There’s no formula to being a good-to-great partner.
There are no guarantees in relationships at all, actually.
But because of the importance relationships hold in our lives — for better and for worse — it is worth trying to do your best in the Game of Love.
In the end, the only thing you can control (or hope to change) is your own approach, your own behaviour. So here’s a guide to helping you with your part of the deal.
I recall a young man I was working telling me how he dressed for a date with his girlfriend of six months. “I can’t do a thing with my hair (he’d lost most of it),” he grinned. “But I make an effort — put on a collared shirt and nice shoes. I think it shows her respect.” It does.
It’s easy to make an effort for your partner in the sizzle stage of a relationship when you’re out to impress. It’s not so easy when you’re a few, or a lot of, years in. Keep trying.
Show up (or call or text) when you say you will. Be where you say you’re going to be. With who you say you’ll be with. And don’t be that person who always asks for a rain check, even if you’re super-busy and super-important. And, if you are, be aware of the message you’re sending to your partner: I have better things to do than you.
Trail socks/undies/makeup all over the floor, compile “nests” of your stuff all over the house, leave dirty dishes all over the bench, if you must. But be aware it looks like you haven’t got your shit together. Because you haven’t.
“Willingly” is the key word here. If you’re grumpy, or objectionable, about doing chores or making your contribution, you’re severely undermining it. Doing things grumpily is better than nothing — but not much.
Sounds obvious, right? But you’d be surprised. Smelling good is the gold standard. But at the very least you should smell clean.
Talk about sex — and not just about wanting to have it, or have it more. Find out what your partner likes and doesn’t like. Let them know your preferences. Don’t pressure your partner for sex and never use sex as a weapon to get what you want. If you’re struggling with this one, talk. No matter what stage of your relationship you’re at.
Friends. Family. A work function (although maybe not all of them). Anyone who matters to your partner. If you don’t, it’ll be noticed.
Coming up with ideas for things the two of you can do is highly attractive. But it’s not if you want to dominate all your shared time. Make room for your partner to have a say too.
Of all the emotions, anger is arguably the one that can cause the most pain. We all get angry and frustrated at times, but when it goes into freefall it can cause damage that’s hard to come back from. Having (healthy) strategies for dealing with negative emotions and resolving conflict is critical. If anger is a problem for you personally, or in your relationship, make it your mission to upskill.
This is code for don’t be (too) negative because it’s hard to live with: it’ll drag your partner down. You don’t have to be Pollyanna-positive but don’t pour ice water on everything. If your partner has a (reasonable) idea say “yes” or “I’ll think about it”. If you truly hate the idea, just shut up for a while.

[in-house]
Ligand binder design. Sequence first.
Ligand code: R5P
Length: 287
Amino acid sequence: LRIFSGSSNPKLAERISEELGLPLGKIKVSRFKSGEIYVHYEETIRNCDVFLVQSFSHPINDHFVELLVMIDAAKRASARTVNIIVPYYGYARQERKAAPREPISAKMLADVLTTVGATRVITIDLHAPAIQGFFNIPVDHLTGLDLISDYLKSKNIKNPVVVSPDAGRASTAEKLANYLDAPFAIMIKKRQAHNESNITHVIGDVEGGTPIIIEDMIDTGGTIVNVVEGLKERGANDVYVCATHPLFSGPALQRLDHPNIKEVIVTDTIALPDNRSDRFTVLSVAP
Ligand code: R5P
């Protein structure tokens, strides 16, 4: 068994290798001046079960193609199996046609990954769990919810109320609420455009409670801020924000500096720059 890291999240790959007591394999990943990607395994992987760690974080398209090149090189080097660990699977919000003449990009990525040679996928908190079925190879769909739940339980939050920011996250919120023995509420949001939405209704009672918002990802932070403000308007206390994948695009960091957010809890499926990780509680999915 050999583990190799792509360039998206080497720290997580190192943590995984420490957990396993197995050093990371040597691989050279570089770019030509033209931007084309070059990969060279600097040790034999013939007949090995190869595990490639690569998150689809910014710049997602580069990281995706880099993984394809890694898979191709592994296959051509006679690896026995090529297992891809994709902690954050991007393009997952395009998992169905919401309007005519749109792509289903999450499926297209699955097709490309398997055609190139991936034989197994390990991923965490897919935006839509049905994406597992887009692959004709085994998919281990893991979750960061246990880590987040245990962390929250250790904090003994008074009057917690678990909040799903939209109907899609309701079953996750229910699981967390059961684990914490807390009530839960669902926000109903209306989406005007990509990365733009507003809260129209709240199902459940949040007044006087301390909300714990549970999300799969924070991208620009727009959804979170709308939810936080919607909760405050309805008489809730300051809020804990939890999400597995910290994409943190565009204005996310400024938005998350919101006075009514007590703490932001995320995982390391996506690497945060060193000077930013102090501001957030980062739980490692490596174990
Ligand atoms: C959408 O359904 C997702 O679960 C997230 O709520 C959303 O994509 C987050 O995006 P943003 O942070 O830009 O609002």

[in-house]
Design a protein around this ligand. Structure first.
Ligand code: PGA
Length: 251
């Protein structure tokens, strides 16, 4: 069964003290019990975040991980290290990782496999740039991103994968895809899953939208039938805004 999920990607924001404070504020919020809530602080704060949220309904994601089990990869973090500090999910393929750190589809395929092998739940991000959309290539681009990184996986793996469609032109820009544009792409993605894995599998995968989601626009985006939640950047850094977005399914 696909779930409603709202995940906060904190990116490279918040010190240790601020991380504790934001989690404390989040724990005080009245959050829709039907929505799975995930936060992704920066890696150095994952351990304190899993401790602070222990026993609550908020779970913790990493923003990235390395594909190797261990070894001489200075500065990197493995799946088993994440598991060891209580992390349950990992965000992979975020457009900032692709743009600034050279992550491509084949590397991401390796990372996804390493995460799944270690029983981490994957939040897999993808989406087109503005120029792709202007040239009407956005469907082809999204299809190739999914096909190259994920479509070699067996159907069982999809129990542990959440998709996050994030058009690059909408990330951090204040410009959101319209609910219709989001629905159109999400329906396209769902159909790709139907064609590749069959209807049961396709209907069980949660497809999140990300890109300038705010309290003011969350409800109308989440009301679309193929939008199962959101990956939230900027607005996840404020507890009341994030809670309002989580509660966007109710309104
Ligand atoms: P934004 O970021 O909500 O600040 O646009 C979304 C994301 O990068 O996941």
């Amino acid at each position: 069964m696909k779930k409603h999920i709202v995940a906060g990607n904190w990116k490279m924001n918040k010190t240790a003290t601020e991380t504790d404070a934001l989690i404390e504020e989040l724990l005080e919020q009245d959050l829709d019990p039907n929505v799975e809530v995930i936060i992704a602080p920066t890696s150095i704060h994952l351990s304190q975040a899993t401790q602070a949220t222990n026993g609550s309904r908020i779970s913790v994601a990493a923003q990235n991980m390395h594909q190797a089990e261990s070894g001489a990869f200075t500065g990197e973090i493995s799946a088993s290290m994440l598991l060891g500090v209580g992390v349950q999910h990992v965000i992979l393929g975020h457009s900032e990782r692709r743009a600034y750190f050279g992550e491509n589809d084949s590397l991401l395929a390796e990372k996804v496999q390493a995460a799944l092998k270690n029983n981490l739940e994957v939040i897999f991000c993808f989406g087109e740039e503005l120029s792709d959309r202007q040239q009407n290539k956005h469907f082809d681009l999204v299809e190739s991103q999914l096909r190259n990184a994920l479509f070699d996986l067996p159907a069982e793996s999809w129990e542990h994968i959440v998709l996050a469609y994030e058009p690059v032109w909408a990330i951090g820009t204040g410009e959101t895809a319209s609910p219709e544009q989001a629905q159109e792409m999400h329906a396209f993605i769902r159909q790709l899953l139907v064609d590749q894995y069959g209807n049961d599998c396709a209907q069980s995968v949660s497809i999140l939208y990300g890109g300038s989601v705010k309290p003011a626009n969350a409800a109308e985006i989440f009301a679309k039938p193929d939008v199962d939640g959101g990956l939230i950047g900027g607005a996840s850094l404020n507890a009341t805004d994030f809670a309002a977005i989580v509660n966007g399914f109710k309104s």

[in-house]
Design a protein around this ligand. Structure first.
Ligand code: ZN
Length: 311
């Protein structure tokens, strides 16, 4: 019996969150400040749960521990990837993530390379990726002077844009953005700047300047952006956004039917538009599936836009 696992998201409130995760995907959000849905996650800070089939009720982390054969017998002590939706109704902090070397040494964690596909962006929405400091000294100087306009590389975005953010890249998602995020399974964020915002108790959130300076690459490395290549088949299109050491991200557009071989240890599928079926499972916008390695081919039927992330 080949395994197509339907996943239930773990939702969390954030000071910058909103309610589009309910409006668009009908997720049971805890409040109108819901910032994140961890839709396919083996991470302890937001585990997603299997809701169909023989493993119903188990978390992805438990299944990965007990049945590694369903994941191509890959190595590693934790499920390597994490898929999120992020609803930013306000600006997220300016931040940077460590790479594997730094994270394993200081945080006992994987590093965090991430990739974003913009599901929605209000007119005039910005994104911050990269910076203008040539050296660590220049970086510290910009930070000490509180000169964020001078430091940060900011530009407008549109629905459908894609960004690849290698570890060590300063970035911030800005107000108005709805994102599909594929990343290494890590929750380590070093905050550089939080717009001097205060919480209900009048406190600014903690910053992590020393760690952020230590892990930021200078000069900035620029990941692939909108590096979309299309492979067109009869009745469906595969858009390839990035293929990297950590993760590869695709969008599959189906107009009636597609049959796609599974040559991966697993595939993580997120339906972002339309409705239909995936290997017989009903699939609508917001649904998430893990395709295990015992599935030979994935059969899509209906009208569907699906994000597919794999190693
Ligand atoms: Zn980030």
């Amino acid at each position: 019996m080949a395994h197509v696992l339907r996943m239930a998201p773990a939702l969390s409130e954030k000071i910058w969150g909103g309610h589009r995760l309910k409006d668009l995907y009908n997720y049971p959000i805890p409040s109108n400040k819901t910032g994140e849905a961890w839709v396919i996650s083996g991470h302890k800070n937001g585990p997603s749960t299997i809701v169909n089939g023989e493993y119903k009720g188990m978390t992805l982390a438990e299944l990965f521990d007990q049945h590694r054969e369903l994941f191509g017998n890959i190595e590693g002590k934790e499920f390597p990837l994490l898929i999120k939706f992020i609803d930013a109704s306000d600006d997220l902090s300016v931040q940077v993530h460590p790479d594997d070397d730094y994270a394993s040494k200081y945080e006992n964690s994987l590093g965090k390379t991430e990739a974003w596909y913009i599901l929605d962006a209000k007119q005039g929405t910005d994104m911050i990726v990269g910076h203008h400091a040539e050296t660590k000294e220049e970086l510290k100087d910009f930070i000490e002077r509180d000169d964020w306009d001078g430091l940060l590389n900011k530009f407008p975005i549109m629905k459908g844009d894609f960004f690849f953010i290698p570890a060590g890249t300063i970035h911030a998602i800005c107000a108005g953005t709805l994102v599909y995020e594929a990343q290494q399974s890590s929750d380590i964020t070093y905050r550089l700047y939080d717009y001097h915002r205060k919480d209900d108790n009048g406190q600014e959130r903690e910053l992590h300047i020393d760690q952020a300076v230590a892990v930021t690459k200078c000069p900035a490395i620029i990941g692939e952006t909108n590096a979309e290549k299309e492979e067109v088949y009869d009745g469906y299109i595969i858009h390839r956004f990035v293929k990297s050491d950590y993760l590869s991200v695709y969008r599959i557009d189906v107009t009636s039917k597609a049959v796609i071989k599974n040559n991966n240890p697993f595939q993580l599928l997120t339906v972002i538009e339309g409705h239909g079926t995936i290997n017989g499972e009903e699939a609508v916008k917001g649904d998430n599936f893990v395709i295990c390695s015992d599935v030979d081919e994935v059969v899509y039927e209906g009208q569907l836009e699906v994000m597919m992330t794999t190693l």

Have some fun — on your own or when you’re together. People are naturally drawn to those who can see the humorous side of life: they want to be around them. Don’t take yourself too seriously. Travel lightly through life. It’s good for you as well as the one you’re with.
When your partner has a problem, just be there for them. Listen. Often that’s all they need, just to vent and to know someone’s in their corner while they do it. Don’t rush in with a solution, even if you have a brilliant one. Sit down, turn off your phone, and hear them, first.
Don’t share every little thing that comes into your head. That’s unnecessary — and a little boring. But don’t brood. If you have a tendency to shut down when you’re stressed, work on being more open. Your partner shouldn’t have to guess that you’re struggling, then tip-toe around you until it passes.
Thoughtfulness is easier than pure kindness. Anticipate the little things that might make your partner’s life easier — and do them. Thoughtful rituals and nice surprises are always appreciated.
They need help with their resume? They have a technical issue with their laptop? They’ve got a problem at work? They’re overwhelmed with life admin? Ask if you can help. Or just help. Whatever works.
There’s a reason food comforts: it’s delicious. It’s nice to treat your partner to takeout or show up with chocolate. But to make food for someone — to cook a delicious meal from scratch or, if you can’t cook, to put one together — takes effort and conveys love.
Easy. Cheap. And, as long as it’s not underpinned with sarcasm or cynicism, smiling is a winner.
You don’t have to be full-on passionate about everything, that’s exhausting. But to be excited about things — life in general — is irresistible. Except when you’re excited about everything but your relationship. That won’t be at all helpful. Just saying.
Make joint plans — from what you’re doing at the weekend, for the holidays, or with your shared lives. It’s so affirming for your partner to know you’re “two feet in” the relationship— fully invested in building a life with them.
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